How Long Can the Coronavirus Live On Surfaces?

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Now, weeks into the nationwide lockdown, people are getting eager to return to normal life. They’re bored but nervous. They want life to go back the way it was and some experts have stated that life may never go back the way it was. Hopefully, this is an exaggeration. In time, our lives will return to normal and life in America will be as it once was.

In areas where the lockdowns and restrictions are being carefully observed, the number of cases has diminished. Texas is a good example. Citizens there have chosen to follow the guidelines and restrictions set forth by the CDC and local government. To date, there have been 21,944 cases of COVID-19 but only 561 deaths. At least 8,100 people have recovered although it’s difficult to get solid numbers sometimes in such a large state with so many counties and cities.

One of the big issues that everyone is concerned with is how long the virus can live on surfaces. Let’s say you go out to check the mail. Mail carriers are in that group of people who go out into the world each day and interact with lots of people. Just like police officers and nurses, they have reported higher numbers of the illness. So checking your mail each day does come with some risk. However, most mailboxes are constructed of aluminum, steel, and other types of metal. So maybe the virus can’t live for long on those types of surfaces.

Research is still limited in this field. All the experts are trying to find cures, vaccines, and such. In years to come, the scientific community will have time to go back and run the tests required to learn everything about COVID-19. At this time, though, these estimates are based on a relatively small amount of data.

How long can the virus exist on metal surfaces?
For many types of metal surfaces, the best estimate here is five days. This includes jewelry boxes, mailboxes, doorknobs and such. For items made of stainless steel, the virus can live approximately 2-3 days. For metal objects made of aluminum, the virus can live up to 8 hours. On copper items like pennies or cookware, the virus can live up to 4 hours.

Plastic
For all plastic surfaces, such as milk containers, detergent bottles, and salad oil bottles, the virus can live 2-3 days. This is also true for plastic bus and subway seats, elevator buttons, and most other types of plastic.

What about wooden surfaces?
The virus is estimated to still be viable on wood surfaces for four days. This includes wood siding, decking, flooring, wood furniture and all other wooden items.

How long can the virus last on cardboard?
The short answer is 24 hours. This question has caused quite a stir and some controversy because many people are now having everything shipped to their door so they don’t have to risk going out in public. Is it safe to pick up a box left by a delivery man at your door?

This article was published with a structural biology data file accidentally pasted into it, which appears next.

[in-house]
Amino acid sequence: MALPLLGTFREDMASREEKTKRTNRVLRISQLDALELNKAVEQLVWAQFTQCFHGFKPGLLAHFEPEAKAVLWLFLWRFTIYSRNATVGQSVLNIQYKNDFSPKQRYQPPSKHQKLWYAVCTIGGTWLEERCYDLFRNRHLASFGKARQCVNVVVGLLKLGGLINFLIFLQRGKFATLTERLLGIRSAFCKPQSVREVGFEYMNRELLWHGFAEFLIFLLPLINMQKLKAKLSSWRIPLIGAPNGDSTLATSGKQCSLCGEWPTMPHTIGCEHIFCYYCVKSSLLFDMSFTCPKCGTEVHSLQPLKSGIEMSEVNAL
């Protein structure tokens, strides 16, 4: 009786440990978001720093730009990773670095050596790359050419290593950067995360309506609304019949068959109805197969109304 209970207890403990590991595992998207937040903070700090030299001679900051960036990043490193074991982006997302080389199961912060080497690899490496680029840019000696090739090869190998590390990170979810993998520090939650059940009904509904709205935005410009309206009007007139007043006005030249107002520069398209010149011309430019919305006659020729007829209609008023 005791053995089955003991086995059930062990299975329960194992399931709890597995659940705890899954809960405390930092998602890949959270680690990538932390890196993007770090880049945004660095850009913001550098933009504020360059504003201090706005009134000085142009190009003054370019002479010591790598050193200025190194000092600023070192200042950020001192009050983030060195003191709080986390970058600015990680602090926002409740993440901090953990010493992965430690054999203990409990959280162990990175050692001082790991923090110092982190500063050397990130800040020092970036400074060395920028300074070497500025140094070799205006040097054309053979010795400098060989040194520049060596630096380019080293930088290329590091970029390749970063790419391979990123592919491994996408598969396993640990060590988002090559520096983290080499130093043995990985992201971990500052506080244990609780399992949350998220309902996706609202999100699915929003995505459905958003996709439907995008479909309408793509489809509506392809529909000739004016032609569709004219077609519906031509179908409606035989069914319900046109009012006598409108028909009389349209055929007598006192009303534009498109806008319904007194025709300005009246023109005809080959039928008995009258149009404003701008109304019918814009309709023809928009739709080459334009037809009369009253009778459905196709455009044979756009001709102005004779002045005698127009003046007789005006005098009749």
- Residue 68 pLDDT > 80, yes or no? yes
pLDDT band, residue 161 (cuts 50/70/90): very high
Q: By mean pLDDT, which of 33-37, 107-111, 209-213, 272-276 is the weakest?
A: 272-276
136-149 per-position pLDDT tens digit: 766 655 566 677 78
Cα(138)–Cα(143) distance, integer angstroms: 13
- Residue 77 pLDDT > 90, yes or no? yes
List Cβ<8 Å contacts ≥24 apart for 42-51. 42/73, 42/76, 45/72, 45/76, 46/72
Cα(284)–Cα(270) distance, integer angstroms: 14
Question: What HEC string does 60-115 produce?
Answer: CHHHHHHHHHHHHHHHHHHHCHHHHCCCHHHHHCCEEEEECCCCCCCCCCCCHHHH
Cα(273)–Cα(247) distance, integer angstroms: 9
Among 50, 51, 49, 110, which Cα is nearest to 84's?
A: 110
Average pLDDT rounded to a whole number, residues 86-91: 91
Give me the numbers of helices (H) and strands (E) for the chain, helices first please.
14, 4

First of all, most delivery people are wearing gloves now. Many of the factories that ship items to us, such as Amazon also insist on their workers wearing gloves. This was true even before the virus. Gloves protect the hands of workers. Just remember that it’s possible that no one has ever touched the box who was not wearing gloves. Nonetheless, to be on the safe side, wear gloves before picking up a box left at your door.

How long for glass and ceramics?
On drinking glasses, window glass, and ceramics, the virus can live up to five days. This includes dishes, pottery, coffee mugs, and all other glass and ceramic surfaces.

How long for paper surfaces?
This area has been difficult to nail down. It depends on the type of paper. Some paper is more porous than others. The coronavirus has been known to live anywhere from a few minutes to five days on paper surfaces.

Is fresh fruit at risk?
As always, it’s a good idea to wash fresh fruit before eating it. It’s not uncommon for people at a supermarket to pick up apples, peaches, tomatoes, potatoes, and others. It’s a good idea to rinse off any type of fruit or vegetable including avocados. Since no one really knows how long the virus might last on something like an avocado, just wash them when you get home to be on the safe side.

Miscellaneous items
For all other surfaces, such as shoe soles, countertops, and fabric, the estimates vary. That’s because these types of surfaces can be constructed of a wide range of materials. It makes sense that a cotton fabric where dirt and germs can get embedded in the fabric would stay infected longer than a slick surface such as a piece of marble. However, very little testing has been done into these areas so it’s important not to assume anything. Always protect yourself and stay safe.

How to protect yourself
Wear disposable gloves when you go out and then throw them away when you get back home. Clean surfaces like the mailbox each day with a good cleanser like Lysol. Be sure to wear a mask when going outside. This virus is easily killed by ordinary soap and water. Choose a good soap that lathers and wash for 20 seconds. We would all stay healthier if we’d observe these precautions in everyday life.

Final Thoughts
Researchers are still learning about COVID-19. They don’t know yet whether cold, heat, and sunlight affect the virus. It’s possible that they do and that the length of time the virus can exist on a surface could be diminished by natural forces like rain or sunlight. Let’s do whatever necessary to protect ourselves and our families. Let’s listen and adhere to the mandates of local health officials. They risk their lives each day to care for our population.